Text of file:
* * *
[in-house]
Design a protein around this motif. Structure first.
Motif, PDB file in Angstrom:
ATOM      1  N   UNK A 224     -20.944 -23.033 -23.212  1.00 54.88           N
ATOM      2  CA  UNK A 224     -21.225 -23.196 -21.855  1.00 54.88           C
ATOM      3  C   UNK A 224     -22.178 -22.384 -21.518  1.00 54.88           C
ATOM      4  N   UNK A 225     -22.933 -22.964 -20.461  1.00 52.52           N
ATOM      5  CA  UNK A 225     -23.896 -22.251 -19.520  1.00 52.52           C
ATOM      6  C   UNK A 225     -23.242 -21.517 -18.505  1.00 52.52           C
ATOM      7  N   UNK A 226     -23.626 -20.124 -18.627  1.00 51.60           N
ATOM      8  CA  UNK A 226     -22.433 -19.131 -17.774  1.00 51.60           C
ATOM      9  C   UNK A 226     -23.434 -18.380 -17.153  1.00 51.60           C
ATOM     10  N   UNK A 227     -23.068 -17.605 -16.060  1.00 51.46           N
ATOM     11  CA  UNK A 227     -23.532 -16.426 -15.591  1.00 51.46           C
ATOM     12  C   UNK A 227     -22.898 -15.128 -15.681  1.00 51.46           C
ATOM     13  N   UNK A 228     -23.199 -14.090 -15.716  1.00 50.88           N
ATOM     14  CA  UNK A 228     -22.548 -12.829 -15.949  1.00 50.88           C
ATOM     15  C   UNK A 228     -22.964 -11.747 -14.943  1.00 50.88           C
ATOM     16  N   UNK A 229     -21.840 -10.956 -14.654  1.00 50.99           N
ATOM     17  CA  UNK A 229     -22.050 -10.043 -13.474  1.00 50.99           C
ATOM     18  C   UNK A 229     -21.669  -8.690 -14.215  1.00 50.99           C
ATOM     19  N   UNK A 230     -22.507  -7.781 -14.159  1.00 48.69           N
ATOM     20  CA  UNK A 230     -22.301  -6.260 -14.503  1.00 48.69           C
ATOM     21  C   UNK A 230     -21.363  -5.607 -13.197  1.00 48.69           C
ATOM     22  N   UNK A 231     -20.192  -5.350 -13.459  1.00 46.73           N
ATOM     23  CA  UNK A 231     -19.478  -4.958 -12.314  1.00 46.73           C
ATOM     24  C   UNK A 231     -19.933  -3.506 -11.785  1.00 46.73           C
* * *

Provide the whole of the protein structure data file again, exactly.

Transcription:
[in-house]
Design a protein around this motif. Structure first.
Motif, PDB file in Angstrom:
ATOM      1  N   UNK A 224     -20.944 -23.033 -23.212  1.00 54.88           N
ATOM      2  CA  UNK A 224     -21.225 -23.196 -21.855  1.00 54.88           C
ATOM      3  C   UNK A 224     -22.178 -22.384 -21.518  1.00 54.88           C
ATOM      4  N   UNK A 225     -22.933 -22.964 -20.461  1.00 52.52           N
ATOM      5  CA  UNK A 225     -23.896 -22.251 -19.520  1.00 52.52           C
ATOM      6  C   UNK A 225     -23.242 -21.517 -18.505  1.00 52.52           C
ATOM      7  N   UNK A 226     -23.626 -20.124 -18.627  1.00 51.60           N
ATOM      8  CA  UNK A 226     -22.433 -19.131 -17.774  1.00 51.60           C
ATOM      9  C   UNK A 226     -23.434 -18.380 -17.153  1.00 51.60           C
ATOM     10  N   UNK A 227     -23.068 -17.605 -16.060  1.00 51.46           N
ATOM     11  CA  UNK A 227     -23.532 -16.426 -15.591  1.00 51.46           C
ATOM     12  C   UNK A 227     -22.898 -15.128 -15.681  1.00 51.46           C
ATOM     13  N   UNK A 228     -23.199 -14.090 -15.716  1.00 50.88           N
ATOM     14  CA  UNK A 228     -22.548 -12.829 -15.949  1.00 50.88           C
ATOM     15  C   UNK A 228     -22.964 -11.747 -14.943  1.00 50.88           C
ATOM     16  N   UNK A 229     -21.840 -10.956 -14.654  1.00 50.99           N
ATOM     17  CA  UNK A 229     -22.050 -10.043 -13.474  1.00 50.99           C
ATOM     18  C   UNK A 229     -21.669  -8.690 -14.215  1.00 50.99           C
ATOM     19  N   UNK A 230     -22.507  -7.781 -14.159  1.00 48.69           N
ATOM     20  CA  UNK A 230     -22.301  -6.260 -14.503  1.00 48.69           C
ATOM     21  C   UNK A 230     -21.363  -5.607 -13.197  1.00 48.69           C
ATOM     22  N   UNK A 231     -20.192  -5.350 -13.459  1.00 46.73           N
ATOM     23  CA  UNK A 231     -19.478  -4.958 -12.314  1.00 46.73           C
ATOM     24  C   UNK A 231     -19.933  -3.506 -11.785  1.00 46.73           C